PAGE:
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Organisation development (OD) roles and skills are in demand in practice, yet they receive scant attention in the academic literature. Using the theoretical lens of population ecology, this study examines the evolution of OD through a 40-year empirical study. The paper extends current thinking by contrasting the research of academic scholars on the evolution of the human resources management (HRM) profession in the UK and USA. It also presents implications of the data for the future, in practice, and as an academic subject. The methodology applied in this longitudinal study identifies growth and content analysis of job advertisements in the relevant trade press. A key finding of the study is that whilst it has achieved legitimacy in UK practice, the growth in requirement for OD skills has largely been ignored by scholars. In its current evolutionary phase, the UK form of the profession has been in a stable state, however, a small number of HRM scholarly descriptions of new HRM' indicate that a further evolution in form has commenced. We argue that the most successful trajectory for evolving professional forms of HRM is through a convergence of HRM, OD and human resources development, and that UK scholars need to recognise the presence of OD in HRM.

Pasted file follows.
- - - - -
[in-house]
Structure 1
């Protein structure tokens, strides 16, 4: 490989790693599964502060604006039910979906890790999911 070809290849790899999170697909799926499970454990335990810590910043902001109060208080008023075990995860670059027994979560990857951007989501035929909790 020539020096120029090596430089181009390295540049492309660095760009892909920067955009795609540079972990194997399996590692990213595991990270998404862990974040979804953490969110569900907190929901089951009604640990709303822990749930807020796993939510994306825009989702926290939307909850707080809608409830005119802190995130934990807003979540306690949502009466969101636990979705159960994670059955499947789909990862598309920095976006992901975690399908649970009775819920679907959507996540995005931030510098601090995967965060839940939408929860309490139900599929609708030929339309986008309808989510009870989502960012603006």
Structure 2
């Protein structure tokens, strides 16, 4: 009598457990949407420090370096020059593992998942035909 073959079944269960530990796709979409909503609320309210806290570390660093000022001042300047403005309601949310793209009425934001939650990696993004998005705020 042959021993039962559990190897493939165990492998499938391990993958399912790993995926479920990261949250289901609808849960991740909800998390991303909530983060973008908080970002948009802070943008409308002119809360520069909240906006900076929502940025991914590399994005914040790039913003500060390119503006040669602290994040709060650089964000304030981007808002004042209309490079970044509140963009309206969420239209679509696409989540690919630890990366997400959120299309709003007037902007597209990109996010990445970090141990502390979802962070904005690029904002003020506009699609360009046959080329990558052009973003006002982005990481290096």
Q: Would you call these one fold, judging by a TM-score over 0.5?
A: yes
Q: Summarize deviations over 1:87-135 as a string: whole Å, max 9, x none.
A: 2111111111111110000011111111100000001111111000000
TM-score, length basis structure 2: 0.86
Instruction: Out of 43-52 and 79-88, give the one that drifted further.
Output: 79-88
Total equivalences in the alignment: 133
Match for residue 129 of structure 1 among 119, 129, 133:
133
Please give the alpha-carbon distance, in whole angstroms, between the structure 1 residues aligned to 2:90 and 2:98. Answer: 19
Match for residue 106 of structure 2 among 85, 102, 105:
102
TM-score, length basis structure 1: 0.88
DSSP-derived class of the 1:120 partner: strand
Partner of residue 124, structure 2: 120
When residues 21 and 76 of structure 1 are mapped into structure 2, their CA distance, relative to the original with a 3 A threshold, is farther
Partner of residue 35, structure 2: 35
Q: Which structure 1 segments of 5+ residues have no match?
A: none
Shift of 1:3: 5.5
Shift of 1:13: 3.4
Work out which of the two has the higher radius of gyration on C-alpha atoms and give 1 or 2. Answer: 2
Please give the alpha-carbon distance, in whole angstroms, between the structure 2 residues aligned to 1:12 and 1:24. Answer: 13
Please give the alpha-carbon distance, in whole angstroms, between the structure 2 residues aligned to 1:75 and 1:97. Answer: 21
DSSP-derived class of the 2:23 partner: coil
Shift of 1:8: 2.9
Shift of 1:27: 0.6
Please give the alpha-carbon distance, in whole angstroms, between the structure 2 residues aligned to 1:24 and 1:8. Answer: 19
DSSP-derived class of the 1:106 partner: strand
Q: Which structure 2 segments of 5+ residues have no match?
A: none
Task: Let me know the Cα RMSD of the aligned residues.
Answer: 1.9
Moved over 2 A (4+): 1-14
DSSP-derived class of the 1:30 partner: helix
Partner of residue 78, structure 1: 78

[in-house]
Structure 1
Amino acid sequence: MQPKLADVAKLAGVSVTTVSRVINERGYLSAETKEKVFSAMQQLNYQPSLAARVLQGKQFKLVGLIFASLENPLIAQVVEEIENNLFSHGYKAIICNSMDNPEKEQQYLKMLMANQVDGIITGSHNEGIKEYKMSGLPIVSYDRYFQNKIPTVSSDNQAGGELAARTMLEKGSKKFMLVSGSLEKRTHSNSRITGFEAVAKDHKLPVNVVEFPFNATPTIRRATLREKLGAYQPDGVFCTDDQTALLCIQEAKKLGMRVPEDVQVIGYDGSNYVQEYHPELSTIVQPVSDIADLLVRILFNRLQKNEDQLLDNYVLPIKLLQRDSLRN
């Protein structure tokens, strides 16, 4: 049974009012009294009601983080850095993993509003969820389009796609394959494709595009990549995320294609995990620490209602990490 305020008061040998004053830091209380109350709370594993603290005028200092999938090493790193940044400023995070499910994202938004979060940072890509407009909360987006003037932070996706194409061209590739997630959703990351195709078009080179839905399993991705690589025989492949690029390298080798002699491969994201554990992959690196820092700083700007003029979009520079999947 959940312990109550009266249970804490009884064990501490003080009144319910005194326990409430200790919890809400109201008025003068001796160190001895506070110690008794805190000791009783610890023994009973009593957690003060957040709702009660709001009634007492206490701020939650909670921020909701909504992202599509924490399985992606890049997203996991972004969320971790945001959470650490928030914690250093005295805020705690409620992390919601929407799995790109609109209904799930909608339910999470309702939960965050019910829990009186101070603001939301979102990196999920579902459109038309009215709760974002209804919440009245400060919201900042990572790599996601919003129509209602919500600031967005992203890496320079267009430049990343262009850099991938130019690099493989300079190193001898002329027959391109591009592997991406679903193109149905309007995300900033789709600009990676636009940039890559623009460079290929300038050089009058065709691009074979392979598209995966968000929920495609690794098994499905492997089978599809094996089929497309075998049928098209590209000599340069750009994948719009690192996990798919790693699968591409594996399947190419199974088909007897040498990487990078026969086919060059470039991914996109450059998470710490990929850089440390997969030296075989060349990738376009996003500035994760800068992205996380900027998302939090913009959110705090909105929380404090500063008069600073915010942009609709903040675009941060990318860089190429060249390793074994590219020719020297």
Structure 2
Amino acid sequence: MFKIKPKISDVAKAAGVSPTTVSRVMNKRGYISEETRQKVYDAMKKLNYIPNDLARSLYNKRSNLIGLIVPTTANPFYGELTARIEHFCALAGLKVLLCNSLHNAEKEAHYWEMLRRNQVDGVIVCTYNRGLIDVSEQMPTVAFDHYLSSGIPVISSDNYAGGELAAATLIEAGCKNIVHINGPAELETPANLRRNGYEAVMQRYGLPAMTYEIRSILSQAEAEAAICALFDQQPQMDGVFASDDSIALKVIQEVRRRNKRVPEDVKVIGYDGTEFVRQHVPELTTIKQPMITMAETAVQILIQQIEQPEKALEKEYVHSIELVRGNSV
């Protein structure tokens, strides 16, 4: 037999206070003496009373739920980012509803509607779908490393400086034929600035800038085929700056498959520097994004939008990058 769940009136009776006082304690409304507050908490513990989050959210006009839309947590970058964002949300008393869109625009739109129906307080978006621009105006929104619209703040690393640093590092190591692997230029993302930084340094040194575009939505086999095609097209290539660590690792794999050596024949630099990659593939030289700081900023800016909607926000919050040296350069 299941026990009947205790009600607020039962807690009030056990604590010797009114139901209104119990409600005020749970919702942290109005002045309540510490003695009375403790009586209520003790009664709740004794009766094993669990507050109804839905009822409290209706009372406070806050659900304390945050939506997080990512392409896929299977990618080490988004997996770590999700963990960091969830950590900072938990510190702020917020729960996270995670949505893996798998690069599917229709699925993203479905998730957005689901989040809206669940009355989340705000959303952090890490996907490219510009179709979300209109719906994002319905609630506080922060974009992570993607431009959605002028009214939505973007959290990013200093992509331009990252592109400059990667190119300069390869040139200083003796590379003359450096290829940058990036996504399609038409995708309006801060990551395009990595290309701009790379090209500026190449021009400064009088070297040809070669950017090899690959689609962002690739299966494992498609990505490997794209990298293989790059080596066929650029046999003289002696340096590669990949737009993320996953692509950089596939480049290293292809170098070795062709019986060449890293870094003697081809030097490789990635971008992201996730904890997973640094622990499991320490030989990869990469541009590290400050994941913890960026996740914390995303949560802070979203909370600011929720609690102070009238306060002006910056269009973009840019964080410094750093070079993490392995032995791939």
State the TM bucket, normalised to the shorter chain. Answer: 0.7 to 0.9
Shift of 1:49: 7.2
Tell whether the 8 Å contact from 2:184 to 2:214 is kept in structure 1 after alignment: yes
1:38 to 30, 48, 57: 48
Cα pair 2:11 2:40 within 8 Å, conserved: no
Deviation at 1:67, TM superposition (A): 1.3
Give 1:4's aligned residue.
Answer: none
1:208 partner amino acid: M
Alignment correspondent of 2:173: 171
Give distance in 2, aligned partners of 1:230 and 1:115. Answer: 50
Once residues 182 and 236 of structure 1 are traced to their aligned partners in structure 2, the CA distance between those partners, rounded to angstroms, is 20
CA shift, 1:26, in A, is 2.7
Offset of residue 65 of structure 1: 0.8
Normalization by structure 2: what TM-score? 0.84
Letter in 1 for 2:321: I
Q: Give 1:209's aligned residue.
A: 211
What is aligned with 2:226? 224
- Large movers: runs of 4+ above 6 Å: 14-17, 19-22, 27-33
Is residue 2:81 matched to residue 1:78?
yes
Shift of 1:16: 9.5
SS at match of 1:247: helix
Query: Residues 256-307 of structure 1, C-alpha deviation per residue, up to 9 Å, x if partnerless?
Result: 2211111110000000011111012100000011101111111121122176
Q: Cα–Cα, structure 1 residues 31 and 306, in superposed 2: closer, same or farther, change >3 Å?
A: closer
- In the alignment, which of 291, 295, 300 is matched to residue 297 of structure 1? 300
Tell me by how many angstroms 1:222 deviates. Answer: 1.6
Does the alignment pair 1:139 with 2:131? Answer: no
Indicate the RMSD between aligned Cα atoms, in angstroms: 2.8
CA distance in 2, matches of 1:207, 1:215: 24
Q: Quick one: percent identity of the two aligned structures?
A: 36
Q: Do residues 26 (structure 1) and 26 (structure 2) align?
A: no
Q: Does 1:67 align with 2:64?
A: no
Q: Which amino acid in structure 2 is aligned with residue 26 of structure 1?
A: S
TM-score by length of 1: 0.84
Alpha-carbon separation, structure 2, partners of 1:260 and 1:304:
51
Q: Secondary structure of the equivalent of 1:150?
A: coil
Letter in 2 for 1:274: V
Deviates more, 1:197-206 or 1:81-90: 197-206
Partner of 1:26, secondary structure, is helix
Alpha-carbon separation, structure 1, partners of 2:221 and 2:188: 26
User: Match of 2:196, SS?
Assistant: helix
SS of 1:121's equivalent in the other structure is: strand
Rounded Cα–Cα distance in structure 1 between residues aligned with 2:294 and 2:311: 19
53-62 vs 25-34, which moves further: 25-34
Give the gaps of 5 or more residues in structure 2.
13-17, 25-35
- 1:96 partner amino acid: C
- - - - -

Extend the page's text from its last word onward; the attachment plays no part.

|Journal||The International Journal of Human Resource Management|
|Publication status||Published - 12 Apr 2014|
- human resources
- human resources development
- human resources management
- organisation development
- population ecology
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